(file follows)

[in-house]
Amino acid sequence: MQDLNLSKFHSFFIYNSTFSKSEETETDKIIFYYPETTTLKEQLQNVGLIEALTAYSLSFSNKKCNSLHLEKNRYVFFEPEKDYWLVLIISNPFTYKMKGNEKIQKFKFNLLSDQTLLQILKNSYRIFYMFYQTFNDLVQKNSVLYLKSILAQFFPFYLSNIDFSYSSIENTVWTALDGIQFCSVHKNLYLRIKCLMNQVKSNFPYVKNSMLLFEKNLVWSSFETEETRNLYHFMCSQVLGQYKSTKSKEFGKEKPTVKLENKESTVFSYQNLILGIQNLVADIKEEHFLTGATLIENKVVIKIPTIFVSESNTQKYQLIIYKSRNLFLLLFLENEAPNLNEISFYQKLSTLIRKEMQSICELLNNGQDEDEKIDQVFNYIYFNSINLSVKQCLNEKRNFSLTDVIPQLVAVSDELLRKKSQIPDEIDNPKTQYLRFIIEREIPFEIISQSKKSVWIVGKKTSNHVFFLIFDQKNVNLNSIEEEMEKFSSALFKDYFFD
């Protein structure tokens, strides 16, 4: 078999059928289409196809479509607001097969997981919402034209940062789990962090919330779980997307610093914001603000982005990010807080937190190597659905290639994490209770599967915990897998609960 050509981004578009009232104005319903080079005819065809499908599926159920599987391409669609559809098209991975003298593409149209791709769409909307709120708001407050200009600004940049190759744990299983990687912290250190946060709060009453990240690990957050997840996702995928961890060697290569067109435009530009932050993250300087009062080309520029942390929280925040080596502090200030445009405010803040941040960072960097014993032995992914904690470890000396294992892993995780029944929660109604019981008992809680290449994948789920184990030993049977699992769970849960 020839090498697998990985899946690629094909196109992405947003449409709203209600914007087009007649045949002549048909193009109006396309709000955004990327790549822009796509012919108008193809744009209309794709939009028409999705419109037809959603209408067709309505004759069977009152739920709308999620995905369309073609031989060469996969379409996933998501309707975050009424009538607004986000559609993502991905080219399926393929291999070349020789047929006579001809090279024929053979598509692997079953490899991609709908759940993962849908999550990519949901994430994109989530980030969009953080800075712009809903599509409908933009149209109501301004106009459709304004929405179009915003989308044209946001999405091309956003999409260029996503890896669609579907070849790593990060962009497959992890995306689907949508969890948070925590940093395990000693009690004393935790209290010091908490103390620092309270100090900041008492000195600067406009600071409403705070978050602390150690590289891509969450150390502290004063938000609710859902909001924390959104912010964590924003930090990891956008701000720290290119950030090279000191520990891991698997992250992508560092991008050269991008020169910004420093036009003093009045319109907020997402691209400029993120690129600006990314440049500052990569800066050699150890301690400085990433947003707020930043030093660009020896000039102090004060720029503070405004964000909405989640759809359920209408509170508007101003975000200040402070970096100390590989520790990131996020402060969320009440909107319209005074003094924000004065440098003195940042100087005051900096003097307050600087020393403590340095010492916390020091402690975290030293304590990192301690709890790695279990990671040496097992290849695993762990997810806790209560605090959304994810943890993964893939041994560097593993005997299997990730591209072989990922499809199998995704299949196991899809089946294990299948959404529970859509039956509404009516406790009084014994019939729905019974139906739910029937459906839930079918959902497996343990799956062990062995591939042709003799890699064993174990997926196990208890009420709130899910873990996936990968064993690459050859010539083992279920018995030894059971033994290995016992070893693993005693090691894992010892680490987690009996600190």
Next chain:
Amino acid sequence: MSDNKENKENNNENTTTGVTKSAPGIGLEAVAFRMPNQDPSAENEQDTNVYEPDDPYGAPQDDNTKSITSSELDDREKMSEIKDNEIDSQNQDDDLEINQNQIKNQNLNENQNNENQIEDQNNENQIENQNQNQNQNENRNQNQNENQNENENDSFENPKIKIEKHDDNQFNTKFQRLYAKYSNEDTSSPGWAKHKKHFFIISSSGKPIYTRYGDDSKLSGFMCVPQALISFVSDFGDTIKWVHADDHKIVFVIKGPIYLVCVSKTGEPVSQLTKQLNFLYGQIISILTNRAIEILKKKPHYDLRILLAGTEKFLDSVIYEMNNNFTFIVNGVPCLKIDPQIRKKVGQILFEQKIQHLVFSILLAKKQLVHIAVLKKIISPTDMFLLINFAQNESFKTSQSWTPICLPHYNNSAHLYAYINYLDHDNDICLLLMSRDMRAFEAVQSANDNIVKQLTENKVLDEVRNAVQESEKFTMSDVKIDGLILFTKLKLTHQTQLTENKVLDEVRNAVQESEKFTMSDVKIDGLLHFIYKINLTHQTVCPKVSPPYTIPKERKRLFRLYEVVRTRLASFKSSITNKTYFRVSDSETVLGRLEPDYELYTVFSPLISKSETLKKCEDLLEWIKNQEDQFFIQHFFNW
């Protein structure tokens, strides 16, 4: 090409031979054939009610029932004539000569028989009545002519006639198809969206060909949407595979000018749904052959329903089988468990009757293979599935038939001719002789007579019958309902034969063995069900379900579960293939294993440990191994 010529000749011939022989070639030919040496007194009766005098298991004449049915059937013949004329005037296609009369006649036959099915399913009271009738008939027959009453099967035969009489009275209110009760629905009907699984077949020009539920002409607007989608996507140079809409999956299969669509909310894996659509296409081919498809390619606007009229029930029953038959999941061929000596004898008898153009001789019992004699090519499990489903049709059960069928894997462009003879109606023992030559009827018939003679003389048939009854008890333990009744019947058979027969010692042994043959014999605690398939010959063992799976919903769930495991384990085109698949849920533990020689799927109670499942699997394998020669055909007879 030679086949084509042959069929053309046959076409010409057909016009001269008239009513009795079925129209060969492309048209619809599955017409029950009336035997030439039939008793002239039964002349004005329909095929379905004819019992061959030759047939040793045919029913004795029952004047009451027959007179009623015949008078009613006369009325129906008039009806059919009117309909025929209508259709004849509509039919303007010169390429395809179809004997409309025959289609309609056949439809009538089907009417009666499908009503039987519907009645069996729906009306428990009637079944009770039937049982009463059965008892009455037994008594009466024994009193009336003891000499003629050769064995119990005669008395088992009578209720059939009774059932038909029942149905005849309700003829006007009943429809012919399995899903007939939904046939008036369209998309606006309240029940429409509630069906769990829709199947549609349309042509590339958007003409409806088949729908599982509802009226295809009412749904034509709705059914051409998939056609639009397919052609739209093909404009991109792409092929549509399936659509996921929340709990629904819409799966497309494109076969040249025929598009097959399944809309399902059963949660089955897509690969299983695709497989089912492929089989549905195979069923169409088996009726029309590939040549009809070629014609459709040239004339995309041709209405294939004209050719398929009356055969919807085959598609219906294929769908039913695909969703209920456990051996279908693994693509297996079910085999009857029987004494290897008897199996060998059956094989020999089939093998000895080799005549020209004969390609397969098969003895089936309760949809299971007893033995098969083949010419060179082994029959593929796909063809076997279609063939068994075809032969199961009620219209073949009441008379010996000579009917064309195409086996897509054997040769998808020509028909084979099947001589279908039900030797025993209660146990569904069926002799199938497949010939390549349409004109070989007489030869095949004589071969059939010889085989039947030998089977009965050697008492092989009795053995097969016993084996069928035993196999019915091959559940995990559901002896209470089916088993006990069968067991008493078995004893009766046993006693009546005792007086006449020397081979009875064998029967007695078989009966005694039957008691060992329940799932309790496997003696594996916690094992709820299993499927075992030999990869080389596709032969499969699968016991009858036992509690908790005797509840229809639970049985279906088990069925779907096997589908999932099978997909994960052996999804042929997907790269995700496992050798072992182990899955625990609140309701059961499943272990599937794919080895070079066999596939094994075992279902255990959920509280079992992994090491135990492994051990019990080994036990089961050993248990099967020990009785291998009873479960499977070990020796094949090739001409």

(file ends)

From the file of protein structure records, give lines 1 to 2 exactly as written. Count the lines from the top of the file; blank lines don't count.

[in-house]
Amino acid sequence: MQDLNLSKFHSFFIYNSTFSKSEETETDKIIFYYPETTTLKEQLQNVGLIEALTAYSLSFSNKKCNSLHLEKNRYVFFEPEKDYWLVLIISNPFTYKMKGNEKIQKFKFNLLSDQTLLQILKNSYRIFYMFYQTFNDLVQKNSVLYLKSILAQFFPFYLSNIDFSYSSIENTVWTALDGIQFCSVHKNLYLRIKCLMNQVKSNFPYVKNSMLLFEKNLVWSSFETEETRNLYHFMCSQVLGQYKSTKSKEFGKEKPTVKLENKESTVFSYQNLILGIQNLVADIKEEHFLTGATLIENKVVIKIPTIFVSESNTQKYQLIIYKSRNLFLLLFLENEAPNLNEISFYQKLSTLIRKEMQSICELLNNGQDEDEKIDQVFNYIYFNSINLSVKQCLNEKRNFSLTDVIPQLVAVSDELLRKKSQIPDEIDNPKTQYLRFIIEREIPFEIISQSKKSVWIVGKKTSNHVFFLIFDQKNVNLNSIEEEMEKFSSALFKDYFFD